In gaining the AACSB accreditation, KBS has been recognised among the institutions that have demonstrated a focus on excellence in all areas, including teaching, research, curriculum development, and student learning.
We have been very successful thus far and it was unusual that we were granted the AMBA accreditation for five years as it is normally only given for three years, but it gave us the confidence to pursue the AACSB marker.
“AACSB is a much bigger beast and the accreditation is given to the University and not just the business school, but the business school is the mediator on behalf of the University.
“What is very attractive about the AACSB, apart from its pedigree and its global recognition, is that it is a very fair accreditation. It requires you to identify your mission – and it is quite specific in terms of research, quality of teaching and engagement with communities – and then to show how you pursue and achieve that. That’s hugely important as it asks the school to show what we are claiming to do and be. They will come in, check and audit that, and if you do what you claim to do you will get the accreditation.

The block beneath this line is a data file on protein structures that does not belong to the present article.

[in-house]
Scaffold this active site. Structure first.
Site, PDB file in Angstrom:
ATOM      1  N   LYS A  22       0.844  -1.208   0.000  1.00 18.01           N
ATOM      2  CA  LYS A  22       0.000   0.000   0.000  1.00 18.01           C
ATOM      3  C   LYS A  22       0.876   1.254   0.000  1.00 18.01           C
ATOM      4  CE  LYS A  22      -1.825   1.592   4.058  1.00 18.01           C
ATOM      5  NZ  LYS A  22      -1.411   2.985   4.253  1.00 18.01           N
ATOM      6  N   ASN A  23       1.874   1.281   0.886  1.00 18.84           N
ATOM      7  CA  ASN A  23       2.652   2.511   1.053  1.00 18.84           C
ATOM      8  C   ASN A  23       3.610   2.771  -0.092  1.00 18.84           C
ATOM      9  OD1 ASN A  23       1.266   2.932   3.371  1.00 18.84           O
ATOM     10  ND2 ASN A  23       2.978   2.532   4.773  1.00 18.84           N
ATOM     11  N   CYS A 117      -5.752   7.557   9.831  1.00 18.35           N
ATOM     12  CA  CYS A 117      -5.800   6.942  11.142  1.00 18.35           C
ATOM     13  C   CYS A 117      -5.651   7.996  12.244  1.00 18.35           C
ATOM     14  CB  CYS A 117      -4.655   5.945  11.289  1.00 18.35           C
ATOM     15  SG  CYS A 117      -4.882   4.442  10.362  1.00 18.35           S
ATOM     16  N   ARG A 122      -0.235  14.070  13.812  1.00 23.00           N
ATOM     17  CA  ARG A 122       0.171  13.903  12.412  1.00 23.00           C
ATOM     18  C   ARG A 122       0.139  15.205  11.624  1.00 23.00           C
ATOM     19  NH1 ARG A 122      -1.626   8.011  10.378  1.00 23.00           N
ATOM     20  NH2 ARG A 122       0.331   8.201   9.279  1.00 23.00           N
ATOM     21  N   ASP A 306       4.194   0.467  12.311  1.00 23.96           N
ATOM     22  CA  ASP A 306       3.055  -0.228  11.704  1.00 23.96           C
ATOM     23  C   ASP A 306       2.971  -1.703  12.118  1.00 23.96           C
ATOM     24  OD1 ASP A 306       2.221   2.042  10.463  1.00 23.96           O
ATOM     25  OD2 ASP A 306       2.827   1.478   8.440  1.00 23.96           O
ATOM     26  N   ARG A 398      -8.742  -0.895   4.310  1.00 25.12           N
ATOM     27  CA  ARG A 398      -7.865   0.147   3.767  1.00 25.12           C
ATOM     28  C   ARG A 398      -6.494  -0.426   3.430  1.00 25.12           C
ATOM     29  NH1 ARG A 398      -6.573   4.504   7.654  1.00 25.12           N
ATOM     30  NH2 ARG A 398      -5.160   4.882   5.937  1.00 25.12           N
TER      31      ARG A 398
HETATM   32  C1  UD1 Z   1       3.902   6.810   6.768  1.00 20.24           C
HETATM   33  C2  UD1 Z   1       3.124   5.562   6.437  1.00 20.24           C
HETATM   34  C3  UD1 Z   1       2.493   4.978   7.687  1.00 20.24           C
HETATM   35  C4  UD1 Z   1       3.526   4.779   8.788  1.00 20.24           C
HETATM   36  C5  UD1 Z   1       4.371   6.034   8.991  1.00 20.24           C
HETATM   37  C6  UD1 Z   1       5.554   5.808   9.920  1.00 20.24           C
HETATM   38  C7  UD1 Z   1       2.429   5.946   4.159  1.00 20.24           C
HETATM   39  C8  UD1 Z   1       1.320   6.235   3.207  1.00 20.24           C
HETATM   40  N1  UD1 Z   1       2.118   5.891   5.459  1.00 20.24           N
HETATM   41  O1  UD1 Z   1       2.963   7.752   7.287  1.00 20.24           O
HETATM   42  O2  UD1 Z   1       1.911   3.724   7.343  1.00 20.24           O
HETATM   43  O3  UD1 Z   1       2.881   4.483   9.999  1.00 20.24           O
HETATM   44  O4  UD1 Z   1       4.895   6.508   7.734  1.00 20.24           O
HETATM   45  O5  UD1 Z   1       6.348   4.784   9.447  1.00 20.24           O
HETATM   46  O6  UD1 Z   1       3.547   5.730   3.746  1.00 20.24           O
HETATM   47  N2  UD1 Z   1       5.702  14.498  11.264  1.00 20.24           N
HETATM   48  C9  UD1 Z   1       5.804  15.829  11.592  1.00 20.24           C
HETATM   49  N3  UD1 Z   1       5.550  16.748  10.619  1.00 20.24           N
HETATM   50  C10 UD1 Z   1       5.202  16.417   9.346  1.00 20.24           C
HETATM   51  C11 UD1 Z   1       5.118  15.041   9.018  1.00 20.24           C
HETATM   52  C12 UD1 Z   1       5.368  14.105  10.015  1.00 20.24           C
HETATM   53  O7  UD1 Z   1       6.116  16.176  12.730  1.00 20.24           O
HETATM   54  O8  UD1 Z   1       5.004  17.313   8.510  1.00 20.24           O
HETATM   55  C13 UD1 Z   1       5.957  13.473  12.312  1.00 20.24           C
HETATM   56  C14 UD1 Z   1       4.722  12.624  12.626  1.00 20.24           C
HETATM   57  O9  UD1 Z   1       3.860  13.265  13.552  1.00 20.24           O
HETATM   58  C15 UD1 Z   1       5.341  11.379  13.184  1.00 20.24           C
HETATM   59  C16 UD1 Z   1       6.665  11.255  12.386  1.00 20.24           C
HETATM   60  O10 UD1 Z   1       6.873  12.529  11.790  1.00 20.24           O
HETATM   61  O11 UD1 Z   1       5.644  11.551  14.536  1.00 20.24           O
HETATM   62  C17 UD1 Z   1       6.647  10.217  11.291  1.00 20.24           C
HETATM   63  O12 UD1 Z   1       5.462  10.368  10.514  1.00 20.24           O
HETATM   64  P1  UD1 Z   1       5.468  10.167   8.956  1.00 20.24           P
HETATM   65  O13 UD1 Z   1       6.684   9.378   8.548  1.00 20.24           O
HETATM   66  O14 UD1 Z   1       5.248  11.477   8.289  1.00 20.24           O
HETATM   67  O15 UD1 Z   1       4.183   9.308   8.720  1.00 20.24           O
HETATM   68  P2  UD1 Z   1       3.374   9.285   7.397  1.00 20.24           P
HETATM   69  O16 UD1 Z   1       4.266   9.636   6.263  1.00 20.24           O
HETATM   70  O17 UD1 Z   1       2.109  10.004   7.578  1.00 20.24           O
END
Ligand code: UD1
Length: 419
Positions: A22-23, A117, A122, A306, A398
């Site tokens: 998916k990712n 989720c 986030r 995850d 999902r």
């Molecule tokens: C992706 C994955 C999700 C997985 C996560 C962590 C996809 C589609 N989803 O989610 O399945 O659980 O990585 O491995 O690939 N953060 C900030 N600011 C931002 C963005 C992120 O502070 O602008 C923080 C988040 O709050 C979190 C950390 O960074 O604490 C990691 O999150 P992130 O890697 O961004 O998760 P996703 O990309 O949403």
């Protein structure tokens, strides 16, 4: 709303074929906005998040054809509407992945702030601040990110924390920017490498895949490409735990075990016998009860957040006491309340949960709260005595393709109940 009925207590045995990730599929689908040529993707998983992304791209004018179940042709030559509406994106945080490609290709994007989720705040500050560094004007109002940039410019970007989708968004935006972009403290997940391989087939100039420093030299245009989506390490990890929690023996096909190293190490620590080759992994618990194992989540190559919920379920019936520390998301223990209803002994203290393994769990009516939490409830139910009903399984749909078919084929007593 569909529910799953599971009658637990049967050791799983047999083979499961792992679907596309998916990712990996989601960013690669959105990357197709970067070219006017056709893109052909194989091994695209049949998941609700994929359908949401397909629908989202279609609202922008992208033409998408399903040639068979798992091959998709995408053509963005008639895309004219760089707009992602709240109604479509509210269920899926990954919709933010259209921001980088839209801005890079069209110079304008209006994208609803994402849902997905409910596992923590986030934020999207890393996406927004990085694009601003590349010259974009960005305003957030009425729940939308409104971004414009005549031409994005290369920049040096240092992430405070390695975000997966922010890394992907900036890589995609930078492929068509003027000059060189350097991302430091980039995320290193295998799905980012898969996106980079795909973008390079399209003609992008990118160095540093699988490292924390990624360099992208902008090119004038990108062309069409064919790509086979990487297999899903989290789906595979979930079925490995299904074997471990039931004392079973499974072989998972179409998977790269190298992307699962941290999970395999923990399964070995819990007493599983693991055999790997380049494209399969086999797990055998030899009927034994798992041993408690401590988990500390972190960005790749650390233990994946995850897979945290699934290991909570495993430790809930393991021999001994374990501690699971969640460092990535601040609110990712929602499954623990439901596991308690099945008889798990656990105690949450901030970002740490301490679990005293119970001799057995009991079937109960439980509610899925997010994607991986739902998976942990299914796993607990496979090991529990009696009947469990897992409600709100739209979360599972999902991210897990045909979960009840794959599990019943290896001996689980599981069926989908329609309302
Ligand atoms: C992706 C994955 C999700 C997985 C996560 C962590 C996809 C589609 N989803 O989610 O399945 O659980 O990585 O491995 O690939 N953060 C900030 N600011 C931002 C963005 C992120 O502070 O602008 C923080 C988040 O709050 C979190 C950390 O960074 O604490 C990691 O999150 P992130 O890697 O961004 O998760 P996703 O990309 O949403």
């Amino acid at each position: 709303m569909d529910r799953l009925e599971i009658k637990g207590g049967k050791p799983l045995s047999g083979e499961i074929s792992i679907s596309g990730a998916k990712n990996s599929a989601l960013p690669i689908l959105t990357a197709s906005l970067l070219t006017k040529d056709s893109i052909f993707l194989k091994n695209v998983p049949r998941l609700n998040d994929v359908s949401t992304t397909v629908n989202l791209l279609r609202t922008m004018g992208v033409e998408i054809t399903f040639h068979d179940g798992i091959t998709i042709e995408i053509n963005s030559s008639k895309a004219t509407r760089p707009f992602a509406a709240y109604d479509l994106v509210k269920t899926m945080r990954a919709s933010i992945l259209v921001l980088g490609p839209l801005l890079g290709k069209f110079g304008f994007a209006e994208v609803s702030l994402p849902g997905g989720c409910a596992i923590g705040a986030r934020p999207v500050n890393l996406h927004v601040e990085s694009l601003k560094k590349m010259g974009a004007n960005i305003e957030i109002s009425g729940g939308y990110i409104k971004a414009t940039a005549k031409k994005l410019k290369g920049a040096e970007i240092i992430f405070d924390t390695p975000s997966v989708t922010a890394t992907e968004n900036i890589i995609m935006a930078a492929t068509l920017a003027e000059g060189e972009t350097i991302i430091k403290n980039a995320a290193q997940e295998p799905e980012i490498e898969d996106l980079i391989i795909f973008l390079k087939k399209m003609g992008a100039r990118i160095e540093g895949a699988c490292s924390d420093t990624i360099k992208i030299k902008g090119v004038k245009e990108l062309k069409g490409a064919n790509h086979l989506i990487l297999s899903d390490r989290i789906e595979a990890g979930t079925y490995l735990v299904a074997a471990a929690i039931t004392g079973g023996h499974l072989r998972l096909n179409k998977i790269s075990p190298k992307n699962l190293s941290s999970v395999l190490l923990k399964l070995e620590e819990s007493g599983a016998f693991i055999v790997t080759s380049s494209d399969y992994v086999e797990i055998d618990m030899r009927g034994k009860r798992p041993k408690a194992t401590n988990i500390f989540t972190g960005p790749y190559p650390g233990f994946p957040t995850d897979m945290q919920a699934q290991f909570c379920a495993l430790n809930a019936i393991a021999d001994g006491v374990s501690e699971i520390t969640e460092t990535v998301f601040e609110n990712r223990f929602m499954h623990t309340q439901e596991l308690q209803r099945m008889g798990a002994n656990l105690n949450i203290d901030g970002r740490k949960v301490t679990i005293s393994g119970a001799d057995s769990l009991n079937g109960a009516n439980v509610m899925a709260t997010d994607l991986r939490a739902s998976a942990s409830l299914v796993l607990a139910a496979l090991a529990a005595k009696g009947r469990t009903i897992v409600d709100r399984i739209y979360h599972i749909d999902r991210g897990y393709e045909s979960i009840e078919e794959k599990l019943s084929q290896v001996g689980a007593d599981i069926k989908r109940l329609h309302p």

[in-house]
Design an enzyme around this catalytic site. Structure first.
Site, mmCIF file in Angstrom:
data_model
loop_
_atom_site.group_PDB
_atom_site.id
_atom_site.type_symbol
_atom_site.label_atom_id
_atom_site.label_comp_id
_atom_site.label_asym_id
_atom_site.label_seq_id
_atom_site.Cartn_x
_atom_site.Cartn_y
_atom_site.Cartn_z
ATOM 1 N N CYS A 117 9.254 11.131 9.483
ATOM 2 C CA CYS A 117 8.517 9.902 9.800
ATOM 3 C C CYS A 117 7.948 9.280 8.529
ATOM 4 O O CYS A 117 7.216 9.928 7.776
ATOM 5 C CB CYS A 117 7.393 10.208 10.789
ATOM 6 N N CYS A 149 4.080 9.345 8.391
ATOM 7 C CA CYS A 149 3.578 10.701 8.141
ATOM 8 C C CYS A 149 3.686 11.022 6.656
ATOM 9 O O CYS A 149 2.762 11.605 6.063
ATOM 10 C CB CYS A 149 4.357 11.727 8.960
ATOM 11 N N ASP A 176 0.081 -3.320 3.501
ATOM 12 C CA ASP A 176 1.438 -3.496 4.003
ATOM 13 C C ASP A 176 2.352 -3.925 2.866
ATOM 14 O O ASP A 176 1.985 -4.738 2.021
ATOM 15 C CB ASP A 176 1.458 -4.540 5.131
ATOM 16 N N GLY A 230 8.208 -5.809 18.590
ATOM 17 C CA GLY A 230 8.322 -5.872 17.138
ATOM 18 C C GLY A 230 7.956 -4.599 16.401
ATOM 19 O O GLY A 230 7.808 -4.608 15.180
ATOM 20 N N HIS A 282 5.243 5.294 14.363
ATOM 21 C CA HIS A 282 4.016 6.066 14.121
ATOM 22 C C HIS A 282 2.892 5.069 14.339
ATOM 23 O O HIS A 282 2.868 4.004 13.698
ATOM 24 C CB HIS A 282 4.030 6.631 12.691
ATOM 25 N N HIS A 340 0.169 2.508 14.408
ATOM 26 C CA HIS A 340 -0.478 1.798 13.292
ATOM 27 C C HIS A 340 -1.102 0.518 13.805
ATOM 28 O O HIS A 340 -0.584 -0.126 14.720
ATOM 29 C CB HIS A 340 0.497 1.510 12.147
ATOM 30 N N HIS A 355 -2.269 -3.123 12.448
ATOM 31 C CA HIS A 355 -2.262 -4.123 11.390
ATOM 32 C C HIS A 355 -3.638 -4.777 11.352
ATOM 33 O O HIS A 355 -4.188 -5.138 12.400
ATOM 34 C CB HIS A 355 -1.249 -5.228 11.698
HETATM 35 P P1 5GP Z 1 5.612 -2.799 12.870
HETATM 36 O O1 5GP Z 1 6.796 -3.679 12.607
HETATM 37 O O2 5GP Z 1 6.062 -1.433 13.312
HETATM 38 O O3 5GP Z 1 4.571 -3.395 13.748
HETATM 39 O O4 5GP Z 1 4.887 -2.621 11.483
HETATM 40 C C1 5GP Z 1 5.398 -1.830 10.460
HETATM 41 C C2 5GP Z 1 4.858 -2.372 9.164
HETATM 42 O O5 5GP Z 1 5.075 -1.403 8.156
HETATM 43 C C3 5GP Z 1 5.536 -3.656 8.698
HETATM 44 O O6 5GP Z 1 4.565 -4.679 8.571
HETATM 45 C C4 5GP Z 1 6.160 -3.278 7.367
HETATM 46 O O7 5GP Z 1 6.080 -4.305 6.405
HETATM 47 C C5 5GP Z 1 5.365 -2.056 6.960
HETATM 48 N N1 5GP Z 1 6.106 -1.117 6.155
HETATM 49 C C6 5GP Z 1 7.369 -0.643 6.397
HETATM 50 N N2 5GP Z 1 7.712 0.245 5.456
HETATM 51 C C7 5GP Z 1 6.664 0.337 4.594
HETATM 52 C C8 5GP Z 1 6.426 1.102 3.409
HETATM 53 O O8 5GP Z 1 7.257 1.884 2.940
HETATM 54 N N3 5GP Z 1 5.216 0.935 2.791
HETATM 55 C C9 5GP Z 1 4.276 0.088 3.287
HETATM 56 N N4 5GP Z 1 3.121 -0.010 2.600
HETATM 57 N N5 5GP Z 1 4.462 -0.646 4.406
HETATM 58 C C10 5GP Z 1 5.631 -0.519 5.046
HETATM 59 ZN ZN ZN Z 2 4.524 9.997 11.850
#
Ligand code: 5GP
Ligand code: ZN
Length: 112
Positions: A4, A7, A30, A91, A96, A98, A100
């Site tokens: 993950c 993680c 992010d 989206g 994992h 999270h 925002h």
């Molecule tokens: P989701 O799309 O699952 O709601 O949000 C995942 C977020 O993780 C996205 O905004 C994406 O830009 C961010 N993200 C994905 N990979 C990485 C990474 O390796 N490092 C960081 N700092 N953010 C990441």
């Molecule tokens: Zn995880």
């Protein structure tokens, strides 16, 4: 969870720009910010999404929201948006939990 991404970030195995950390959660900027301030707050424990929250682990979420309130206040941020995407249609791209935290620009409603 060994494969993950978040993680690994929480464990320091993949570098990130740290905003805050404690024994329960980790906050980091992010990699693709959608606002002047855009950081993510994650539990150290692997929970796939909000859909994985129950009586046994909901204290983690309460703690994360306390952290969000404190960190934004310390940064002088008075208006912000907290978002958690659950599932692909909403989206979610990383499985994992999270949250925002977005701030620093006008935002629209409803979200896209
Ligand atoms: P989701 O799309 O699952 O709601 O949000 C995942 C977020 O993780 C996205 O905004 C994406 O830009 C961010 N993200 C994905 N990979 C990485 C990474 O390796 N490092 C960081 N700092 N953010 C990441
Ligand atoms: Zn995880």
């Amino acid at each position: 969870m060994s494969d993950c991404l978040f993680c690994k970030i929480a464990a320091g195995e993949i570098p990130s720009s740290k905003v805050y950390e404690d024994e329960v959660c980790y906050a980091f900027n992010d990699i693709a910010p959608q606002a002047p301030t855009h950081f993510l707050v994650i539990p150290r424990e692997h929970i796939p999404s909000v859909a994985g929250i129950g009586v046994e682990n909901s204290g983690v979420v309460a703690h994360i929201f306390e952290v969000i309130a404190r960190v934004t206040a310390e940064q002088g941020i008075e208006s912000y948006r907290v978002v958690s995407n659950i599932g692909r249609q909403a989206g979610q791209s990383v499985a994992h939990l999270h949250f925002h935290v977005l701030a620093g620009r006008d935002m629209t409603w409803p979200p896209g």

"So it is very fair and open and we fully engaged with it. Staff in KBS engaged with it wholeheartedly because a seven-year commitment is a long time for the team that led it. While all staff were involved, Ita Page, Michelle O’Dwyer, Sheila Killian, Michelle Carroll, Kathleen Keane and John McCarthy were very prominent right from the start. And our many course directors also played key roles.”